Kakao admits mistakes in server outage and shifts blame
Kakao’s CEO described to the National Assembly on Monday the rookie mistake that took down 32,000 of the company’s servers and with them what has become critical national infrastructure. He also shifted blame for the outage to SK C&C, operator of the building in which the servers are housed.
“Although we had established backup servers, the tools that the developers needed to start the backups were not backed up and backup did not automatically kick in,” Hong Eun-taek told the lawmakers.
The CEO did not elaborate further on the company’s disaster recovery infrastructure, only saying that it has been investing as much as possible in backup since becoming profitable a few years ago. He also said he understood that to be internationally competitive, backup has to be greatly improved.
“We know that the data center is important enough to decide on whether we have a future or not,” Kim said, in reference to a Kakao-owned site now under development.
On Oct. 15, Kakao servers were knocked out as a result of a battery fire at an SK C&C data center in Pangyo, Gyeonggi. Messenger, banking, transportation, payment and e-commerce services were unavailable, degraded or intermittent for more than 10 hours as backup systems failed to kick in fast enough. Naver’s services hosted on servers in the same building recovered within three to four hours.
In comments made Monday to the lawmakers, Kim said that the owner of the facility, SK C&C, was late in informing Kakao of the fire.
The company has said that it was made aware of a fire at 4:03 p.m. on the afternoon of Oct. 15 when one of its employees called SK C&C, 44 minutes after batteries caught fire at 3:19 p.m.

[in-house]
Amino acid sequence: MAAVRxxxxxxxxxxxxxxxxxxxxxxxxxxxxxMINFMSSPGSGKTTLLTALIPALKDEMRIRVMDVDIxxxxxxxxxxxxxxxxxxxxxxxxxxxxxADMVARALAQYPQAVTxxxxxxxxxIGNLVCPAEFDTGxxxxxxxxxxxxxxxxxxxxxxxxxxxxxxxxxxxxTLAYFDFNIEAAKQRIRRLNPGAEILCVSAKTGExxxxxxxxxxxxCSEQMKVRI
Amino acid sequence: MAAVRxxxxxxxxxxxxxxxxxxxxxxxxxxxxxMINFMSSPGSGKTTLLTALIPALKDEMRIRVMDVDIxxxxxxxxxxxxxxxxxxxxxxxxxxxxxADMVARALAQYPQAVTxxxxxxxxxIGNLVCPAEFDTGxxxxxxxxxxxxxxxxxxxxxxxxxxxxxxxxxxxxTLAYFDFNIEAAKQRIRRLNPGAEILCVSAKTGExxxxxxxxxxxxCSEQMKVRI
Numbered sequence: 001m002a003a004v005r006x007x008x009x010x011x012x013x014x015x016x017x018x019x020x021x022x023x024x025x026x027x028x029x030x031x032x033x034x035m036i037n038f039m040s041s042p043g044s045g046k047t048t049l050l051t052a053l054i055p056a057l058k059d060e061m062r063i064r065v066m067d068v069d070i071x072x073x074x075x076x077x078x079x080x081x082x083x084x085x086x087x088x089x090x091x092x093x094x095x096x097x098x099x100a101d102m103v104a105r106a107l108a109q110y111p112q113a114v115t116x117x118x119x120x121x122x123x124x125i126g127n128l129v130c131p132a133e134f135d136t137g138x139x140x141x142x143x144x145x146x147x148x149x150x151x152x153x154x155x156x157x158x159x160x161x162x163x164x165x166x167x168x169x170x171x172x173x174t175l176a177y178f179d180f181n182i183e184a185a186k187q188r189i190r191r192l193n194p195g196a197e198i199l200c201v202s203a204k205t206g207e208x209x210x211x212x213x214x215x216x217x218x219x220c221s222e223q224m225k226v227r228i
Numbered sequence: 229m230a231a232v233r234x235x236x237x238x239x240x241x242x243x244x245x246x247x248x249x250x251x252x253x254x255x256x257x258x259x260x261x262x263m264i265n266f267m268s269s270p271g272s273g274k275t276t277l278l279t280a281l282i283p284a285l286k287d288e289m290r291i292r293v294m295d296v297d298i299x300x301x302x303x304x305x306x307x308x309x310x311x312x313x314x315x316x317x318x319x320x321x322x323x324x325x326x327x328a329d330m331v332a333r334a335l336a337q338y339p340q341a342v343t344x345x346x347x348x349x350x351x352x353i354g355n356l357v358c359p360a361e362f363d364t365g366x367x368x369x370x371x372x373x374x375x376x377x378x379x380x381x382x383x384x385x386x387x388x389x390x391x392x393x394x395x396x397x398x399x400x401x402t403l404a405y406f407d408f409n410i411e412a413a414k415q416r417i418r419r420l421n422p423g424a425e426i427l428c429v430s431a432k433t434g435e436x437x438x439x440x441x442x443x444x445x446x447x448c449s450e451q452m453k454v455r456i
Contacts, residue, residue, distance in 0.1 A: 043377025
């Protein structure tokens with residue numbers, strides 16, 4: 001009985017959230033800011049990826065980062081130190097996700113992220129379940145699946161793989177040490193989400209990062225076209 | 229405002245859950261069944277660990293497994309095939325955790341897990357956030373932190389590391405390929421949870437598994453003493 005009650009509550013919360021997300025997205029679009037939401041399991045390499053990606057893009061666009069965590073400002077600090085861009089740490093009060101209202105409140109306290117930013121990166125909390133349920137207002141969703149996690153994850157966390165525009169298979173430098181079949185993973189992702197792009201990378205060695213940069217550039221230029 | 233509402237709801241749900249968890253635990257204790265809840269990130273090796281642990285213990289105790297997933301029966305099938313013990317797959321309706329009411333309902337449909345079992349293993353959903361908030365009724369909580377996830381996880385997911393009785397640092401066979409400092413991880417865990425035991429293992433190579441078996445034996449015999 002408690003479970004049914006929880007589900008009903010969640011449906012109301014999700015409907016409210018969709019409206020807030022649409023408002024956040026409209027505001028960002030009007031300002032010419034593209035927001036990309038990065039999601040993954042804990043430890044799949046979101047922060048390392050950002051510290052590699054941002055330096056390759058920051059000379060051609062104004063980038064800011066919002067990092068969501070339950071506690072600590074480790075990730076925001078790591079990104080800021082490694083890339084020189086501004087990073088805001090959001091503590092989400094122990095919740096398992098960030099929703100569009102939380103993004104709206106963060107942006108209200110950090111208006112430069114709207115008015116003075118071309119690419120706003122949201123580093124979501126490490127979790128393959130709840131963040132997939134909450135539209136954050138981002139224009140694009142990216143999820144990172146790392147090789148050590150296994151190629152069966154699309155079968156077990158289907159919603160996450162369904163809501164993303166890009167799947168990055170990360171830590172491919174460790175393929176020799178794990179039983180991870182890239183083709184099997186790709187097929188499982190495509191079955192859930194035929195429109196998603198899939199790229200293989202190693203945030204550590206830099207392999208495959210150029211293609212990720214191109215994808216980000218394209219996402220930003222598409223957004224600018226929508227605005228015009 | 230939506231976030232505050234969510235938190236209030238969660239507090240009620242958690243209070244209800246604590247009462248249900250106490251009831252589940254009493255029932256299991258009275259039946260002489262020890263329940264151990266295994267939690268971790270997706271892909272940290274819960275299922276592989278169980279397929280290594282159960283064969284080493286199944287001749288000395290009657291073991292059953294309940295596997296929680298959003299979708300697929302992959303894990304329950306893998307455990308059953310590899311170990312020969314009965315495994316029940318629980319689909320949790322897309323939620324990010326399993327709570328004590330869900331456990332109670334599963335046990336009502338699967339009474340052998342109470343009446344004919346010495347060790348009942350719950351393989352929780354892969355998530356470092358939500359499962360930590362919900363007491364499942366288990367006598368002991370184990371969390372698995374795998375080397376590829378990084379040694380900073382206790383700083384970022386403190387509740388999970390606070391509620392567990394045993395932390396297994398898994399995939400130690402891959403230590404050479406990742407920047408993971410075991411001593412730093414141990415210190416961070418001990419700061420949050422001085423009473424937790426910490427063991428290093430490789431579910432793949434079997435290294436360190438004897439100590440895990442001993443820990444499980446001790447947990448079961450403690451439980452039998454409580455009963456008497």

“Around 16,000 servers had already been shut down before we were informed by SK C&C,” Kim said.
SK C&C claims it called a Kakao staff at 3:37 p.m., 18 minutes after the fire first started, and notified them of the situation.
Park Sung-ha, SK C&C CEO, told the National Assembly that company staff had notified all of its clients that the power would be shut off to control the fire.
Naver CEO Choi Soo-yeon said no such notification had been received.
Lawmakers asked the companies to submit data to the National Assembly to prove when notifications were made and received.
“We have always been aware of the importance of a data center, which is why we began preparing for our own data center since 2018,” said Kim Beom-su, founder of Kakao and 23.8 percent shareholder of the company. “However, it takes four to five years, and so we apologize for having failed to prepare it in advance, regardless of all other circumstances.”
“The accident has clearly exposed our weaknesses, especially on having failed to secure our own data center and running a separate backup server,” he said. “We will take into account everything that has been pointed out today and take measures so that the same situation does not reoccur in the future.”
Kakao is working on the details of compensation and will cover users of all services, both free and paid, according to the Kakao founder.
“There is no precedent on compensation for free services anywhere in the world, so we will strive to come up with new standards after taking in specific cases from users and forming a committee,” Kim said.
BY YOON SO-YEON [email@example.com]